Indianapolis-based Eli Lilly and Co. (NYSE:LLY) has re-acquired development rights for a potential treatment from a Massachusetts company. The deal with Arteaus Therapeutics LLC involves an antibody being studied to treat frequent migraine headaches. January 13, 2013
INDIANAPOLIS, Ind. – Eli Lilly and Company (NYSE:LLY) today announced that, based on positive Phase 2 data, it has acquired all development rights for a calcitonin gene-related peptide (CGRP) antibody currently being studied as a potential treatment for the prevention of frequent, recurrent migraine headaches. CGRP is a sensory neuropeptide with vascular and pro-inflammatory effects, two processes that have been implicated in migraine headaches. Lilly's CGRP antibody is a biologic entity injected subcutaneously that binds and inhibits the activity of CGRP, which is released during activation of sensory neurons involved in pain signaling.
This novel molecule (LY2951742) was discovered by Lilly scientists and then licensed to Arteaus Therapeutics for development in the clinical proof-of-concept study. Financial terms of the deal were not disclosed.
Arteaus was formed in 2011 with an $18 million investment from Atlas Venture and OrbiMed, upon acquiring the rights to develop Lilly's CGRP antibody. Licensing Lilly's CGRP antibody to Arteaus was part of Lilly's alternative risk-sharing strategy, which includes participation in the Capital Funds Portfolio. The Capital Funds Portfolio comprises virtual project-focused companies, financed by independent investment funds that acquire early-stage molecules to develop through proof-of-concept (one or more clinical studies designed to determine whether a molecule has the potential to work in patients). If the molecule shows efficacy, the molecule and/or development rights are offered for sale to biopharmaceutical companies.
“Of the nine project-focused companies currently in the Capital Funds Portfolio, Arteaus is the first to reach proof-of-concept and to achieve positive results. Through this strategy, independent investment firms and portfolio companies provide a unique way to access, share risks, and expand funding to develop molecules, such as the CGRP antibody, to help speed the delivery of timely valued medicines to patients who are waiting,” said Jan M. Lundberg, Ph.D, Executive Vice President for Science and Technology and President, Lilly Research Laboratories. “Neuroscience remains a key focus for Lilly, and bringing novel medicines to patients is our priority. Migraine is a debilitating condition that can be severe and extremely disabling, and migraine sufferers need new safer and better treatment approaches.”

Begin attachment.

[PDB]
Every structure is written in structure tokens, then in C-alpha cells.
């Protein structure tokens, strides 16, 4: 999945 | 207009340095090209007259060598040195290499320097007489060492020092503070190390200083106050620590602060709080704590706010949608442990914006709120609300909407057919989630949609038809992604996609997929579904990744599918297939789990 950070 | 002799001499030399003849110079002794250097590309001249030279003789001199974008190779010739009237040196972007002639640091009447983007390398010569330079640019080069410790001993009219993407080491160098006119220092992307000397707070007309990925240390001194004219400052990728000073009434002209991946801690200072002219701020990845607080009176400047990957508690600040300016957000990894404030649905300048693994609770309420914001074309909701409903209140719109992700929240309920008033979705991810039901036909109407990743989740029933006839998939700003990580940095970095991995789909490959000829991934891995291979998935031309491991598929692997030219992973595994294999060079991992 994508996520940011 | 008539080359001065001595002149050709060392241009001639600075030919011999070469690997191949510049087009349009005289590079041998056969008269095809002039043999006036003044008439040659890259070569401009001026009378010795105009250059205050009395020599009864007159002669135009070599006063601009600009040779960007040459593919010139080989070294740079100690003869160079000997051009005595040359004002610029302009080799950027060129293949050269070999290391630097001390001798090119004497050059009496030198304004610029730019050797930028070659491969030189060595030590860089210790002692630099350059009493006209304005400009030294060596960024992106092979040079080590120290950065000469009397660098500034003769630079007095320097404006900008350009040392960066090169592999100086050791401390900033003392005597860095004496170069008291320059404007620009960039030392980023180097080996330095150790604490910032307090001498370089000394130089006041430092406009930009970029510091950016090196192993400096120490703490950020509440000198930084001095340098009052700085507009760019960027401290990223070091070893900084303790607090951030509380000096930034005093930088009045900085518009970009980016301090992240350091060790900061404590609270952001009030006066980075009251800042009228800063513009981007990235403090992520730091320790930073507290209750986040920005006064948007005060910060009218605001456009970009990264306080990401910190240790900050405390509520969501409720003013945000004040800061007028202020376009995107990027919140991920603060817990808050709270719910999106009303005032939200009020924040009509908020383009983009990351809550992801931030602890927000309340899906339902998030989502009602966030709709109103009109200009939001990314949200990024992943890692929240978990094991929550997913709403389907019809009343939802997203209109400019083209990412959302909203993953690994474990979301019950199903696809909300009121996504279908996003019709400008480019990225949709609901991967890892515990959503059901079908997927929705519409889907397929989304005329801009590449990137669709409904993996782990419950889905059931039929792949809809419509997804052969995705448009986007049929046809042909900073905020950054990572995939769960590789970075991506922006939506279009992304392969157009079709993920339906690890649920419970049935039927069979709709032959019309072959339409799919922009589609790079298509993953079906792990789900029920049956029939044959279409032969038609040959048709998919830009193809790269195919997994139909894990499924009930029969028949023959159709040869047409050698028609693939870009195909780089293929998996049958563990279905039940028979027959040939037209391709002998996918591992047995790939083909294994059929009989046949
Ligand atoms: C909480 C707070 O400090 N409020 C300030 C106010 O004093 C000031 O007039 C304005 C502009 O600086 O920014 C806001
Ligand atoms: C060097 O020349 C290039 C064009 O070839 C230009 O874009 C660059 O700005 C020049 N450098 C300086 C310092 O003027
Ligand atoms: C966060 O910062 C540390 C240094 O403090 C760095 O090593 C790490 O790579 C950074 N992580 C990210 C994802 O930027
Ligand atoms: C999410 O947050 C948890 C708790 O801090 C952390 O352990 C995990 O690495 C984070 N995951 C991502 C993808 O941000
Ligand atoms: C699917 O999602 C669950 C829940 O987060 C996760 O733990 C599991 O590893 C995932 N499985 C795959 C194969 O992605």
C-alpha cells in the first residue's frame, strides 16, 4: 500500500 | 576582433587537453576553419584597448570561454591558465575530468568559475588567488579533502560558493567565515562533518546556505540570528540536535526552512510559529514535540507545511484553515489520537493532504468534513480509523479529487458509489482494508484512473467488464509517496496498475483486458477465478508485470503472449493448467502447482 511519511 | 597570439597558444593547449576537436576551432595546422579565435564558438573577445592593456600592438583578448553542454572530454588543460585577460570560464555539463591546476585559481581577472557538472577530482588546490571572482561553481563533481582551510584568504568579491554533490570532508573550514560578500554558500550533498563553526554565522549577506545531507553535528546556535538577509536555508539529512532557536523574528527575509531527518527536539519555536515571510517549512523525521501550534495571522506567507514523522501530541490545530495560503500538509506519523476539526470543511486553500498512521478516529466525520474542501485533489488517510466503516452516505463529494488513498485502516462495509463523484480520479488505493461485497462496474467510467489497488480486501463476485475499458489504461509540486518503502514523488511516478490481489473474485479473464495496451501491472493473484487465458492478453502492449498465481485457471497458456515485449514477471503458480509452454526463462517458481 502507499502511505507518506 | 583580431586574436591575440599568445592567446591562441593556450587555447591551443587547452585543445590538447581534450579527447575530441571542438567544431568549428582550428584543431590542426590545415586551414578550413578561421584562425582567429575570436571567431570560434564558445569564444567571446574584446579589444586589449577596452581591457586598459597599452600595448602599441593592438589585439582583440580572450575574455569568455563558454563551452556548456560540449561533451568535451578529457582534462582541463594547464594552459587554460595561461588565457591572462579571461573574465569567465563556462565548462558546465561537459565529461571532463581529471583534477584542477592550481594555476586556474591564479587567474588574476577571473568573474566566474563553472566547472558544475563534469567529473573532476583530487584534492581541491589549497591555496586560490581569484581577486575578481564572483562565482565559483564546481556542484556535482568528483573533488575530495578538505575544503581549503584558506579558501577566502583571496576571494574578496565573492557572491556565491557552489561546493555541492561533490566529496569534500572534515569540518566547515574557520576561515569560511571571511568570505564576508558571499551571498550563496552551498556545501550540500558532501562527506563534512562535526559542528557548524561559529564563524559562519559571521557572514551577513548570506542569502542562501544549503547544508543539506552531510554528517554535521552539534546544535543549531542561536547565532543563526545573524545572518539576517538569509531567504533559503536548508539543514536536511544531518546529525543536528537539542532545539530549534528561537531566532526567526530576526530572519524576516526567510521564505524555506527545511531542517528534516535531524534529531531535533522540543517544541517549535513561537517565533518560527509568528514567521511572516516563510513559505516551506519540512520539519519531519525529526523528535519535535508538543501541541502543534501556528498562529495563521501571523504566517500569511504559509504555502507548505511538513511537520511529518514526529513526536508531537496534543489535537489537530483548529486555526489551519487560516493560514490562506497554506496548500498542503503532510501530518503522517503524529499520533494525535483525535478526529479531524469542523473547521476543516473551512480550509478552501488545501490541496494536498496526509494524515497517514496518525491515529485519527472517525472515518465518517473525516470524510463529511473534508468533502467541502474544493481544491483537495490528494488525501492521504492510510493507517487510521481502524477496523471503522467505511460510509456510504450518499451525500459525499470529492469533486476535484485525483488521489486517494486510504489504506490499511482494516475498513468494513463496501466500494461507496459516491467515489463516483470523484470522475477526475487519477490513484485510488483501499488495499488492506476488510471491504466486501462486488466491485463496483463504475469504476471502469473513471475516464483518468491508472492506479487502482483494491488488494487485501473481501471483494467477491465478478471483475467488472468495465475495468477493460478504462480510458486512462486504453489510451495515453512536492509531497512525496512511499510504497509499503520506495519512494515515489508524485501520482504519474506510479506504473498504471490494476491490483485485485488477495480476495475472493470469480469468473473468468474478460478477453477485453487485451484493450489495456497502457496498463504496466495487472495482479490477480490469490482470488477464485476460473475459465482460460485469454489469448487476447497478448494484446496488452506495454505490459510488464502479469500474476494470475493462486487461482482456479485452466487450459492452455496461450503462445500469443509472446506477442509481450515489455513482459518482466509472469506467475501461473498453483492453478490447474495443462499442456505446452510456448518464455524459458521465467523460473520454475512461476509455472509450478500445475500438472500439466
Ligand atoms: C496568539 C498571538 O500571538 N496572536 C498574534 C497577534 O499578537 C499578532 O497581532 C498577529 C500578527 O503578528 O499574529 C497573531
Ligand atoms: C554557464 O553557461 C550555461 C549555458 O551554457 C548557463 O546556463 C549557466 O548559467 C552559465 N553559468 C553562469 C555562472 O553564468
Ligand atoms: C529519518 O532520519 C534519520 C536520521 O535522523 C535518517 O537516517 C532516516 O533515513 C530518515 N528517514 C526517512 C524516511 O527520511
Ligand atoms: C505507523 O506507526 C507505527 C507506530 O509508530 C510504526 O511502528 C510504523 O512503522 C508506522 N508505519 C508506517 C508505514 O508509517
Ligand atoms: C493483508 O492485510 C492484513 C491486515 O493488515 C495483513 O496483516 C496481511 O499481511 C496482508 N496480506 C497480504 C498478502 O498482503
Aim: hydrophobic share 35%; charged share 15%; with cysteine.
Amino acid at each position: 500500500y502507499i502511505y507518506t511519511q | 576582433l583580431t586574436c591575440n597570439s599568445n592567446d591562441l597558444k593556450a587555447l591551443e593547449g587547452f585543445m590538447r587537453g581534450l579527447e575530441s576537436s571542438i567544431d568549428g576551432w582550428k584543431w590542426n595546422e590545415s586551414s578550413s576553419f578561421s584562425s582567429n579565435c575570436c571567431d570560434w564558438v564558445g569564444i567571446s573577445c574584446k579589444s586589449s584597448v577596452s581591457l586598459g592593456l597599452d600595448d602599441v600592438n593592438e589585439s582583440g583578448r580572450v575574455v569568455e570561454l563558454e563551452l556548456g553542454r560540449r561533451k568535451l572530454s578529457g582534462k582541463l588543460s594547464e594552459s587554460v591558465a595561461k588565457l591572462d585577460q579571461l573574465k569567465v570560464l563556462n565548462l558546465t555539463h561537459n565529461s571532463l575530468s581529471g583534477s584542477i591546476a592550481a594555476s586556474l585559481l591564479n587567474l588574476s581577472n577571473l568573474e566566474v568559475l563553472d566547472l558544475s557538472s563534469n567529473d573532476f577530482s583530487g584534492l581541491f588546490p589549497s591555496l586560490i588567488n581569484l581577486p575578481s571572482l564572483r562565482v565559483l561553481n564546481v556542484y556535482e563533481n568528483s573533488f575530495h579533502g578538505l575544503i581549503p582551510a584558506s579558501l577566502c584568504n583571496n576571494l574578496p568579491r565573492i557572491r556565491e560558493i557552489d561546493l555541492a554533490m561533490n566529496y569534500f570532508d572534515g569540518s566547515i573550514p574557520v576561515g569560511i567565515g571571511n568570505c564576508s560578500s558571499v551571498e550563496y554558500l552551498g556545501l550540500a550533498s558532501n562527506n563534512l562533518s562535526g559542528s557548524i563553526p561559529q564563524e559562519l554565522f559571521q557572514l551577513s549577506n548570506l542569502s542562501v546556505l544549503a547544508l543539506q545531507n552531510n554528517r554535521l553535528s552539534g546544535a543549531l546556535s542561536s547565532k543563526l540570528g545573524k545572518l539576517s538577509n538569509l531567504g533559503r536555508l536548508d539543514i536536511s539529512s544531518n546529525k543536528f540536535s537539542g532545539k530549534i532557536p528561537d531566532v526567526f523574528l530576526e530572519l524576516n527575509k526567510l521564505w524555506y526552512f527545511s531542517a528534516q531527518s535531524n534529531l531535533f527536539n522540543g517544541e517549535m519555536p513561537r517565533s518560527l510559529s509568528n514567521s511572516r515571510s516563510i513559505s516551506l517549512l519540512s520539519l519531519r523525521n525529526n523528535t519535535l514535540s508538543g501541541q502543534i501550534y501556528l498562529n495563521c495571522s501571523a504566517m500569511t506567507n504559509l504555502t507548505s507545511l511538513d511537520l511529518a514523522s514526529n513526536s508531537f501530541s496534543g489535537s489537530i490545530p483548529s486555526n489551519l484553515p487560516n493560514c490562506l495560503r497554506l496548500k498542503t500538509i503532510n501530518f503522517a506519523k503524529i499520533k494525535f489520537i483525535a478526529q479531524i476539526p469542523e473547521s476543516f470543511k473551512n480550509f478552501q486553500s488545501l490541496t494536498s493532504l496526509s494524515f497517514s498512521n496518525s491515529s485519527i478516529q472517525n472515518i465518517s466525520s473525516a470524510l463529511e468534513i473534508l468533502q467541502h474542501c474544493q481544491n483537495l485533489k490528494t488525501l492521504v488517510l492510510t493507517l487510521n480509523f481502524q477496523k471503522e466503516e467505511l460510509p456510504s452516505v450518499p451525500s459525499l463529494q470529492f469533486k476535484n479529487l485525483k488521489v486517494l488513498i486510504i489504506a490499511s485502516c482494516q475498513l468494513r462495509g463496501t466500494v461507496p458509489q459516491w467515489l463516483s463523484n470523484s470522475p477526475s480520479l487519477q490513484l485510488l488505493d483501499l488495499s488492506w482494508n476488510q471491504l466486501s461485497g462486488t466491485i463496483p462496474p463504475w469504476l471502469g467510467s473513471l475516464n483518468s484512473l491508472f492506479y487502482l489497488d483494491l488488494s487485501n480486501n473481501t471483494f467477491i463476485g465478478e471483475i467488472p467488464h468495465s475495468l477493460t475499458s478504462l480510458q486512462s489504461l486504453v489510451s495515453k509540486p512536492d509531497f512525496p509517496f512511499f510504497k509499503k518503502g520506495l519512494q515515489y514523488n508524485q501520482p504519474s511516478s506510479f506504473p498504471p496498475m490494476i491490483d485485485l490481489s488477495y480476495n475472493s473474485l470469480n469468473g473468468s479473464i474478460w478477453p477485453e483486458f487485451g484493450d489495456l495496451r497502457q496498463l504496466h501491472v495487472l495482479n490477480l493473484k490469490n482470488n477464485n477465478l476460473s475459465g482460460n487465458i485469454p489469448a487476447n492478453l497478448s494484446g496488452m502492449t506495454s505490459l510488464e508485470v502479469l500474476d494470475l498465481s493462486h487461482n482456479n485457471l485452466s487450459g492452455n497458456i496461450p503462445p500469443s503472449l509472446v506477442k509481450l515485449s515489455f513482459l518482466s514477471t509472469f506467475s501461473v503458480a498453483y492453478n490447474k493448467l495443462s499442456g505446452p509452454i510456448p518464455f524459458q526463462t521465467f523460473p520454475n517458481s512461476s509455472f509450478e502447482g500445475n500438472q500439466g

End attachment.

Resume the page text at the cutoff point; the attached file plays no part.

“We are incredibly excited about the potential for this compound, and are grateful to all the patients and investigators for their participation and commitment to furthering our understanding of migraine. LY2951742 represents a potential breakthrough therapy for the nearly 9 million patients who suffer from frequent migraine,” said David Grayzel, MD, Chief Executive Officer of Arteaus Therapeutics. “We view Lilly's acquisition of the CGRP antibody program as further validation for this innovative biotech model of collaborative drug development.”
As a result of the decision to acquire the CGRP antibody, Lilly is expected to incur a fourth-quarter 2013 charge of approximately $57.1 million (pre-tax), or approximately $0.03 per share (after-tax).
Migraine is a neurological disorder characterized by recurrent episodes of severe headache, often accompanied by a variety of other symptoms including nausea, vomiting, sensitivity to light and sound, and changes in vision.1 Thirty-six million Americans, about 12 percent of the population, suffer from migraines at least periodically. The target population for CGRP antibody is a subset of patients with frequent migraine headaches. The World Health Organization places migraine as one of the 20 most disabling medical illnesses on the planet. Those with migraine are more likely to have depression, anxiety, sleep disorders, other pain conditions, and fatigue. Migraine costs the United States more than $20 billion each year, both in direct medical expenses (e.g., doctor visits, medications) and indirect expenses (e.g., missed work, lost productivity). There is currently no cure for migraine.
About Eli Lilly and Company
Lilly, a leading innovation-driven corporation, is developing a growing portfolio of pharmaceutical products by applying the latest research from its own worldwide laboratories and from collaborations with eminent scientific organizations. Headquartered in Indianapolis, Ind., Lilly provides answers – through medicines and information – for some of the world's most urgent medical needs. Additional information about Lilly is available at www.lilly.com.
Source: Eli Lilly and Co.